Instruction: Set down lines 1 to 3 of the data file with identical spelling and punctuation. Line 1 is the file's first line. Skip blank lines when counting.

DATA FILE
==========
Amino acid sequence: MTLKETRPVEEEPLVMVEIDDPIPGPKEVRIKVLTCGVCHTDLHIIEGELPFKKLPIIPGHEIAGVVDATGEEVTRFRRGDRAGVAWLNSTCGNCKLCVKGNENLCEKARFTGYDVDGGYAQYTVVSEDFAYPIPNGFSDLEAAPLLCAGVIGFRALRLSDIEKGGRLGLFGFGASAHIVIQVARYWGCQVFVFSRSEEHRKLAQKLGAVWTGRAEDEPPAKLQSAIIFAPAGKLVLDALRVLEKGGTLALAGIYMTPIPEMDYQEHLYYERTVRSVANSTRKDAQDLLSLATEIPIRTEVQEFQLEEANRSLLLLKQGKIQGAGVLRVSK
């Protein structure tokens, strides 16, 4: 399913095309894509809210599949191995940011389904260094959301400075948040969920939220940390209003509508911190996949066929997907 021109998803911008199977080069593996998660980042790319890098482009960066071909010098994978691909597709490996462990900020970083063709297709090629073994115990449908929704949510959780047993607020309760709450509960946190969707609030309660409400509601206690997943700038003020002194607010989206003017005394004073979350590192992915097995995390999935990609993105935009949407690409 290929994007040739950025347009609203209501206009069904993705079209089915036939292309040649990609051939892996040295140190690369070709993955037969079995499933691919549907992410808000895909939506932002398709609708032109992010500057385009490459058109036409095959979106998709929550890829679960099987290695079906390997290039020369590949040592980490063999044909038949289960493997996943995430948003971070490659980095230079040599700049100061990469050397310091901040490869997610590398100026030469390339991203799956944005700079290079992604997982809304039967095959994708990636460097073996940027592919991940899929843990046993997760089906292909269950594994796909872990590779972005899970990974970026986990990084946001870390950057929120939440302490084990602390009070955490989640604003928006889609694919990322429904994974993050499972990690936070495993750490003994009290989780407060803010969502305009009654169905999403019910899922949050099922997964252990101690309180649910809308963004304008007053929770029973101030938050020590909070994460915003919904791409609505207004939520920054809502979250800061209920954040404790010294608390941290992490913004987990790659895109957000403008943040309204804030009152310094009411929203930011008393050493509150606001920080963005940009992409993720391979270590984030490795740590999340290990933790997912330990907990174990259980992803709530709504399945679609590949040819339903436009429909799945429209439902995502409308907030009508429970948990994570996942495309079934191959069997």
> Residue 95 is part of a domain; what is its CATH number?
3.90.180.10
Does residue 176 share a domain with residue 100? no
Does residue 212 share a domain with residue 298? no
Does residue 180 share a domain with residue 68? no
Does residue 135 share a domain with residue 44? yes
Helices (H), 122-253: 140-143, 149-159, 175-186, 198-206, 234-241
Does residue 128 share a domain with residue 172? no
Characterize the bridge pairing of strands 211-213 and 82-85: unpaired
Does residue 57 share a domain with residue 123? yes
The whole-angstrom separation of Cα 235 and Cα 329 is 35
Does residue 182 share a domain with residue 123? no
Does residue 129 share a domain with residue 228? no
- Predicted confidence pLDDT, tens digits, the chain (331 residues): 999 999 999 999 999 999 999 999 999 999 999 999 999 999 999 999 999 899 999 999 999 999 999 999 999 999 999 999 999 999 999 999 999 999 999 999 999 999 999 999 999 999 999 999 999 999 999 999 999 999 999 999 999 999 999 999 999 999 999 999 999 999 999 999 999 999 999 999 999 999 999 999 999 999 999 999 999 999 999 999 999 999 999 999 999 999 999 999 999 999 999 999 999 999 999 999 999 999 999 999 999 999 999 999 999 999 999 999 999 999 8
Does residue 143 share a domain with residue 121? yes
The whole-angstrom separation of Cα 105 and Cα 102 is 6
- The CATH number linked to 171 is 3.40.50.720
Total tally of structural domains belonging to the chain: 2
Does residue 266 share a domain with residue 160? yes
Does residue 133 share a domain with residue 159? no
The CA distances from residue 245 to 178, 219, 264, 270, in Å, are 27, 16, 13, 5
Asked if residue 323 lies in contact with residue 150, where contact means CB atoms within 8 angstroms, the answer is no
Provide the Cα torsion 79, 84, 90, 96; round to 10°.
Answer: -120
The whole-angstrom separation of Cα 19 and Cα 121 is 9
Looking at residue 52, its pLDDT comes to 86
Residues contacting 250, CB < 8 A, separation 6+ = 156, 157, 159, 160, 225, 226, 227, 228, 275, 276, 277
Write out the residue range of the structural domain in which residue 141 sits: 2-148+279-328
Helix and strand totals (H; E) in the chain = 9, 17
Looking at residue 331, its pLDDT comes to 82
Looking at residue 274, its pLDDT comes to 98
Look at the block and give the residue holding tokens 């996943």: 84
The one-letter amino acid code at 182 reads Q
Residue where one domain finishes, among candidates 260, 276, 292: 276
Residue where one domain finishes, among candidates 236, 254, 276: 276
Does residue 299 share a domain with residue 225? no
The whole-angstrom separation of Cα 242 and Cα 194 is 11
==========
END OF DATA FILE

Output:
Amino acid sequence: MTLKETRPVEEEPLVMVEIDDPIPGPKEVRIKVLTCGVCHTDLHIIEGELPFKKLPIIPGHEIAGVVDATGEEVTRFRRGDRAGVAWLNSTCGNCKLCVKGNENLCEKARFTGYDVDGGYAQYTVVSEDFAYPIPNGFSDLEAAPLLCAGVIGFRALRLSDIEKGGRLGLFGFGASAHIVIQVARYWGCQVFVFSRSEEHRKLAQKLGAVWTGRAEDEPPAKLQSAIIFAPAGKLVLDALRVLEKGGTLALAGIYMTPIPEMDYQEHLYYERTVRSVANSTRKDAQDLLSLATEIPIRTEVQEFQLEEANRSLLLLKQGKIQGAGVLRVSK
């Protein structure tokens, strides 16, 4: 399913095309894509809210599949191995940011389904260094959301400075948040969920939220940390209003509508911190996949066929997907 021109998803911008199977080069593996998660980042790319890098482009960066071909010098994978691909597709490996462990900020970083063709297709090629073994115990449908929704949510959780047993607020309760709450509960946190969707609030309660409400509601206690997943700038003020002194607010989206003017005394004073979350590192992915097995995390999935990609993105935009949407690409 290929994007040739950025347009609203209501206009069904993705079209089915036939292309040649990609051939892996040295140190690369070709993955037969079995499933691919549907992410808000895909939506932002398709609708032109992010500057385009490459058109036409095959979106998709929550890829679960099987290695079906390997290039020369590949040592980490063999044909038949289960493997996943995430948003971070490659980095230079040599700049100061990469050397310091901040490869997610590398100026030469390339991203799956944005700079290079992604997982809304039967095959994708990636460097073996940027592919991940899929843990046993997760089906292909269950594994796909872990590779972005899970990974970026986990990084946001870390950057929120939440302490084990602390009070955490989640604003928006889609694919990322429904994974993050499972990690936070495993750490003994009290989780407060803010969502305009009654169905999403019910899922949050099922997964252990101690309180649910809308963004304008007053929770029973101030938050020590909070994460915003919904791409609505207004939520920054809502979250800061209920954040404790010294608390941290992490913004987990790659895109957000403008943040309204804030009152310094009411929203930011008393050493509150606001920080963005940009992409993720391979270590984030490795740590999340290990933790997912330990907990174990259980992803709530709504399945679609590949040819339903436009429909799945429209439902995502409308907030009508429970948990994570996942495309079934191959069997």
> Residue 95 is part of a domain; what is its CATH number?